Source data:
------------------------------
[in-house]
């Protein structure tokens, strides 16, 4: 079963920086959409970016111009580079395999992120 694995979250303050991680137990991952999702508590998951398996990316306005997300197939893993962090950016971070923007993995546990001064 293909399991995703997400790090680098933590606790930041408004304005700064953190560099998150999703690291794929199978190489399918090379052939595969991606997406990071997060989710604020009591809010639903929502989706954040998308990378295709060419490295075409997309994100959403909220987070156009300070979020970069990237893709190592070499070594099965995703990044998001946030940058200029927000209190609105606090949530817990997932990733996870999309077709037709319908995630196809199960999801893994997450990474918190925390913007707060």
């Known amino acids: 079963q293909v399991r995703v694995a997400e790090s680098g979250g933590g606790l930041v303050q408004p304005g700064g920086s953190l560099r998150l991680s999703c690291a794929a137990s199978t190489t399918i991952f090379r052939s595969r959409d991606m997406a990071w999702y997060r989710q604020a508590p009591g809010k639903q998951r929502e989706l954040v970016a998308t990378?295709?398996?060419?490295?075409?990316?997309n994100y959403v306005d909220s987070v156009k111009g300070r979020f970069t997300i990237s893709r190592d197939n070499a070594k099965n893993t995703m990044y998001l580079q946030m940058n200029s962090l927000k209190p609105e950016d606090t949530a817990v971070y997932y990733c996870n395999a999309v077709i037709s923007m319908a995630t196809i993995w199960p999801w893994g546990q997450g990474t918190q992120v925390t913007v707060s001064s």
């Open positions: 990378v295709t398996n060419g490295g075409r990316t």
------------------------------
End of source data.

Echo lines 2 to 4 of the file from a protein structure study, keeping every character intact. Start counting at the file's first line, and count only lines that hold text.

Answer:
């Protein structure tokens, strides 16, 4: 079963920086959409970016111009580079395999992120 694995979250303050991680137990991952999702508590998951398996990316306005997300197939893993962090950016971070923007993995546990001064 293909399991995703997400790090680098933590606790930041408004304005700064953190560099998150999703690291794929199978190489399918090379052939595969991606997406990071997060989710604020009591809010639903929502989706954040998308990378295709060419490295075409997309994100959403909220987070156009300070979020970069990237893709190592070499070594099965995703990044998001946030940058200029927000209190609105606090949530817990997932990733996870999309077709037709319908995630196809199960999801893994997450990474918190925390913007707060």
């Known amino acids: 079963q293909v399991r995703v694995a997400e790090s680098g979250g933590g606790l930041v303050q408004p304005g700064g920086s953190l560099r998150l991680s999703c690291a794929a137990s199978t190489t399918i991952f090379r052939s595969r959409d991606m997406a990071w999702y997060r989710q604020a508590p009591g809010k639903q998951r929502e989706l954040v970016a998308t990378?295709?398996?060419?490295?075409?990316?997309n994100y959403v306005d909220s987070v156009k111009g300070r979020f970069t997300i990237s893709r190592d197939n070499a070594k099965n893993t995703m990044y998001l580079q946030m940058n200029s962090l927000k209190p609105e950016d606090t949530a817990v971070y997932y990733c996870n395999a999309v077709i037709s923007m319908a995630t196809i993995w199960p999801w893994g546990q997450g990474t918190q992120v925390t913007v707060s001064s």
């Open positions: 990378v295709t398996n060419g490295g075409r990316t």